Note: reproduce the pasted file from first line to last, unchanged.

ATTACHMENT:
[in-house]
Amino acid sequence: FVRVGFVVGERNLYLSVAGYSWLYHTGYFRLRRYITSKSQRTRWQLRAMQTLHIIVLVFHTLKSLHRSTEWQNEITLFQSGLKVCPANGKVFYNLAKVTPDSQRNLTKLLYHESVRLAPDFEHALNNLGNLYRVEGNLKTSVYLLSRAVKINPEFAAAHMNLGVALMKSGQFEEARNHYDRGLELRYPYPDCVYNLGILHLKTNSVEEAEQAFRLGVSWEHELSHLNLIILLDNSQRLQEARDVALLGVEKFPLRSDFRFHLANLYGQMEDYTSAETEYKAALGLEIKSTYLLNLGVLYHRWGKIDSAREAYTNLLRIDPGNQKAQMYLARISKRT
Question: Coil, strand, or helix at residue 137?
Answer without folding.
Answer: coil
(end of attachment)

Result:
[in-house]
Amino acid sequence: FVRVGFVVGERNLYLSVAGYSWLYHTGYFRLRRYITSKSQRTRWQLRAMQTLHIIVLVFHTLKSLHRSTEWQNEITLFQSGLKVCPANGKVFYNLAKVTPDSQRNLTKLLYHESVRLAPDFEHALNNLGNLYRVEGNLKTSVYLLSRAVKINPEFAAAHMNLGVALMKSGQFEEARNHYDRGLELRYPYPDCVYNLGILHLKTNSVEEAEQAFRLGVSWEHELSHLNLIILLDNSQRLQEARDVALLGVEKFPLRSDFRFHLANLYGQMEDYTSAETEYKAALGLEIKSTYLLNLGVLYHRWGKIDSAREAYTNLLRIDPGNQKAQMYLARISKRT
Question: Coil, strand, or helix at residue 137?
Answer without folding.
Answer: coil